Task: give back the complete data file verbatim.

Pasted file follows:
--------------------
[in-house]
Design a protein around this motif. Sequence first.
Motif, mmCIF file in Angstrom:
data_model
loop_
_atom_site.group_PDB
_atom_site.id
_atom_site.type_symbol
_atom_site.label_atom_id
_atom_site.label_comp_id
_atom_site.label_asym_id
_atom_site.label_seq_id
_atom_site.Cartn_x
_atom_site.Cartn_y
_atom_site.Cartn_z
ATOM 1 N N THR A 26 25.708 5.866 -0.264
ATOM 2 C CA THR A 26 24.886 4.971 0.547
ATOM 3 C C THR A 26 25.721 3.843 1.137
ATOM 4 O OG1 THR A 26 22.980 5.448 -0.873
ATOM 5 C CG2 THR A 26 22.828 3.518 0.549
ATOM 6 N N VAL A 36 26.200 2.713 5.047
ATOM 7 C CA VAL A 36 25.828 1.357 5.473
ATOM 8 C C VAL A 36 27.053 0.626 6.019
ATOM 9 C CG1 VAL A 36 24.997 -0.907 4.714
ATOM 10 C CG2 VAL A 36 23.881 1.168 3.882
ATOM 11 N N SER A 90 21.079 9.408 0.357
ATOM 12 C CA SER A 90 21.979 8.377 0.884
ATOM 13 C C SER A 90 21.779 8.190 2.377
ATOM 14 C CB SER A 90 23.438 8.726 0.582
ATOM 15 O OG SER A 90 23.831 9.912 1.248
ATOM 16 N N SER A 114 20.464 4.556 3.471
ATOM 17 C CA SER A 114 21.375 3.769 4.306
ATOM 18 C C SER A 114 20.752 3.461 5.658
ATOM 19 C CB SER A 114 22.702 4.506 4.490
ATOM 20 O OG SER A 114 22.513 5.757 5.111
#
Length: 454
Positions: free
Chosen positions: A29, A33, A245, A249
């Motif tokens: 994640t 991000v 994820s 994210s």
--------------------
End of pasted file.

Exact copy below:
[in-house]
Design a protein around this motif. Sequence first.
Motif, mmCIF file in Angstrom:
data_model
loop_
_atom_site.group_PDB
_atom_site.id
_atom_site.type_symbol
_atom_site.label_atom_id
_atom_site.label_comp_id
_atom_site.label_asym_id
_atom_site.label_seq_id
_atom_site.Cartn_x
_atom_site.Cartn_y
_atom_site.Cartn_z
ATOM 1 N N THR A 26 25.708 5.866 -0.264
ATOM 2 C CA THR A 26 24.886 4.971 0.547
ATOM 3 C C THR A 26 25.721 3.843 1.137
ATOM 4 O OG1 THR A 26 22.980 5.448 -0.873
ATOM 5 C CG2 THR A 26 22.828 3.518 0.549
ATOM 6 N N VAL A 36 26.200 2.713 5.047
ATOM 7 C CA VAL A 36 25.828 1.357 5.473
ATOM 8 C C VAL A 36 27.053 0.626 6.019
ATOM 9 C CG1 VAL A 36 24.997 -0.907 4.714
ATOM 10 C CG2 VAL A 36 23.881 1.168 3.882
ATOM 11 N N SER A 90 21.079 9.408 0.357
ATOM 12 C CA SER A 90 21.979 8.377 0.884
ATOM 13 C C SER A 90 21.779 8.190 2.377
ATOM 14 C CB SER A 90 23.438 8.726 0.582
ATOM 15 O OG SER A 90 23.831 9.912 1.248
ATOM 16 N N SER A 114 20.464 4.556 3.471
ATOM 17 C CA SER A 114 21.375 3.769 4.306
ATOM 18 C C SER A 114 20.752 3.461 5.658
ATOM 19 C CB SER A 114 22.702 4.506 4.490
ATOM 20 O OG SER A 114 22.513 5.757 5.111
#
Length: 454
Positions: free
Chosen positions: A29, A33, A245, A249
């Motif tokens: 994640t 991000v 994820s 994210s």